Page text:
Panda Po and his kung fu pals the Furious Five return to fight an evil peacock in Kung Fu Panda 2, a movie that feels a little like when a kid tells a funny joke for the second time.
Ha ha cute ha OK stop please.
Po (Jack Black), also known as Dragon Warrior, is a fully integrated part of the Furious Five. He and Tigress (Angelina Jolie), Mantis (Seth Rogen), Crane (David Cross), Viper (Lucy Liu) and Monkey (Jackie Chan) fight bandits and assorted bad guys when they’re not practicing kung fu and learning the ways of the universe from Master Shifu (Dustin Hoffman). But there is a new enemy — Lord Shen (Gary Oldman), a peacock with evil tendencies and some parent issues. He is ransacking villages to steal metal for a weapon that can defeat kung fu. When the Dragon Warrior and the Furious Five try to stop one such burglary, Po is shocked to see a familiar symbol, one that brings up memories of his past and possibly even his mother. He goes to see his father, Mr. Ping (James Hong), a goose, to find out what he can about his background. After revealing that, gasp, single bird Ping is the adoptive father of Po, the panda sets out to find Shen, protect kung fu and perhaps find out more about his past.
Can he do all that and acquire inner peace?
I remember Kung Fu Panda as being a big, giddy adventure that, sure, liked the Dreamworks fast-talk a little much but still offered up a good time complete with a solid message about believing in yourself no matter what size panda you are. Kung Fu Panda 2 is less of all these things. It has its fun moments, it has its sweetness, if it has a message it totally escaped me (other than, maybe, to love your adoptive goose father). It is perfectly fine, the way any given episode of any standard TV cartoon is perfectly fine, but you usually don’t have to fork out upwards of $7 per person plus 3-D glasses fees for a TV cartoon. I laughed, other kids in the theater laughed (a few made little shrieks at some of the scary crocodiles employed by Lord Shen) but nobody had to be helped up out of the aisles after rolling in them.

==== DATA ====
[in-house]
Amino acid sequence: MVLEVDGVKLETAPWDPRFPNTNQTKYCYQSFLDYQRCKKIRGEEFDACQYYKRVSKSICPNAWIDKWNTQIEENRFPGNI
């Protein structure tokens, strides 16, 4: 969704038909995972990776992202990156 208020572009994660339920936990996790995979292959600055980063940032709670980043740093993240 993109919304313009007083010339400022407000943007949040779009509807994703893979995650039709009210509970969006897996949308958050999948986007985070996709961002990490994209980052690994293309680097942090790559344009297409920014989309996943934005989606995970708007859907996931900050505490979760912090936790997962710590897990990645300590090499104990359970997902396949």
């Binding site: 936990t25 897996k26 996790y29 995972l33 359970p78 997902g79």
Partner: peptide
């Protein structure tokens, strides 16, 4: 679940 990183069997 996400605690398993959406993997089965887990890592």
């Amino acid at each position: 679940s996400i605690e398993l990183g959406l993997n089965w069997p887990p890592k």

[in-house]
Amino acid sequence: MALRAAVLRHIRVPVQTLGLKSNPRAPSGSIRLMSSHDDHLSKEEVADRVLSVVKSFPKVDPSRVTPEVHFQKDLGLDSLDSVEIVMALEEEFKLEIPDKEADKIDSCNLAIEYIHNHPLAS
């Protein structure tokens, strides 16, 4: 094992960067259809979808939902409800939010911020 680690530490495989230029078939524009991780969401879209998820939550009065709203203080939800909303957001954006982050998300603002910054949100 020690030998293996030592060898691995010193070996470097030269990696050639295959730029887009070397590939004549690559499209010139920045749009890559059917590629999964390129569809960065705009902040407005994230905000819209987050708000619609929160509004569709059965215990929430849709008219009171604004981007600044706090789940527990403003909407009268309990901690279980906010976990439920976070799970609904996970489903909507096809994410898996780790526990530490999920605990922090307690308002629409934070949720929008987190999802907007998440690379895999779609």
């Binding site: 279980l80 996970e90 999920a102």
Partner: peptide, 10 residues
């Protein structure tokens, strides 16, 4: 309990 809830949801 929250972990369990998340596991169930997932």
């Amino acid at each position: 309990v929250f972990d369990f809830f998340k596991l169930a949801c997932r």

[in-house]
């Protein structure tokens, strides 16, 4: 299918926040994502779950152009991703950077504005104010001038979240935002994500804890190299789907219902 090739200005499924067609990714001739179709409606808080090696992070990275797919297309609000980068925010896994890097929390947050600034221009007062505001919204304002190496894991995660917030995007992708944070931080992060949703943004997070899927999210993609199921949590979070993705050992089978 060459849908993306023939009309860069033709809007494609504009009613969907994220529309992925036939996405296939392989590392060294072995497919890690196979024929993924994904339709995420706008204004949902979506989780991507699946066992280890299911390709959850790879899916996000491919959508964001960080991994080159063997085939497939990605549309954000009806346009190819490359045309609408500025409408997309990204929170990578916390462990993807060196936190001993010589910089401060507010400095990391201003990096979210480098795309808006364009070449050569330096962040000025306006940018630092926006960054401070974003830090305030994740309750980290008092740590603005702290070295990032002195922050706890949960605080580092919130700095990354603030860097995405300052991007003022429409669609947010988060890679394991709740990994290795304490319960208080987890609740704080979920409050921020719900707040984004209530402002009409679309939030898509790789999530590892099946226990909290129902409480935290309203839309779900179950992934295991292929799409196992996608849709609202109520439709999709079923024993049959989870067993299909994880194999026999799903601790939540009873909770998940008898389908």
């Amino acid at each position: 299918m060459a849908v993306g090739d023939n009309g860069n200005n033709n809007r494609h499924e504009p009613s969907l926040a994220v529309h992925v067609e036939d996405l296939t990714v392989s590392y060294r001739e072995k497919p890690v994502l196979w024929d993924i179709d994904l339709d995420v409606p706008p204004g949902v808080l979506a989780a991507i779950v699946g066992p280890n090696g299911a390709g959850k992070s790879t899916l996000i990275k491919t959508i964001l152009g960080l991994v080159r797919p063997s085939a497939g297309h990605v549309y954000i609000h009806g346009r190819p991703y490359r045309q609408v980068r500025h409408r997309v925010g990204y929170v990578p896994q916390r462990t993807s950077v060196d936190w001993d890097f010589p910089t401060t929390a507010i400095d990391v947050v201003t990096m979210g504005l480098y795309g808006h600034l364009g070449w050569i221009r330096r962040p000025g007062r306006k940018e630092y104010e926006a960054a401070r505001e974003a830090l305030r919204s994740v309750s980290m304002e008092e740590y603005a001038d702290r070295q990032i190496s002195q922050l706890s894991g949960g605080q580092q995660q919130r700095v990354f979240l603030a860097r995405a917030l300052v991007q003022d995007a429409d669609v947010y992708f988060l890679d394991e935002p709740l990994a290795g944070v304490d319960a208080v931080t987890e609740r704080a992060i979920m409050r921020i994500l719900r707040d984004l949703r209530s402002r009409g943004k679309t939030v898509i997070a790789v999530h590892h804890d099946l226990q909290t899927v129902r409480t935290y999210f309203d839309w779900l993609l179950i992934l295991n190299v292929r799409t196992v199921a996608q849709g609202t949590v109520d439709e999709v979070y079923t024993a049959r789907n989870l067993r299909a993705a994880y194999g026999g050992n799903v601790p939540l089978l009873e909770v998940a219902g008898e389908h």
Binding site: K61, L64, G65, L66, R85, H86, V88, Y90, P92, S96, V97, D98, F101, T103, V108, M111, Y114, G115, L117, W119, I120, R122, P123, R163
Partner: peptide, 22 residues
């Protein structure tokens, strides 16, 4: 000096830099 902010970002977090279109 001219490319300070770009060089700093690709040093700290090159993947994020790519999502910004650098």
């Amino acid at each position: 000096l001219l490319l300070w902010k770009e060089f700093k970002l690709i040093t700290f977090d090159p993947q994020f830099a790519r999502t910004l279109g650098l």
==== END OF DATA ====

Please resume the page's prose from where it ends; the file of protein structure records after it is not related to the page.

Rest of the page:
All of these tepid feelings may, I suppose, be in part the result of the movie’s final scene, one that made me wince a bit and feel like what I’d just watched was a really long prologue to a third movie or a movie that needed another 15 minutes. There is something calculated about the way the movie ends that highlights all the things I found flat and thin about the movie and left a bitter taste, like a harsh note at the end of a good piece of chocolate.
Over all, kids and their parents haven’t had a lot of great options for animated film in the last few months. Kung Fu Panda 2 might not be The One You’ve Waited For but it is decent entertainment until that one gets here. B-
Rated PG for sequences of marital arts action and mild violence. Directed by Jennifer Yu and written by Jonathan Aibel and Glenn Berger, Kung Fu Panda 2 is an hour and 35 minutes long and distributed in wide release by Dreamworks Animation. It opens on Thursday, May 26.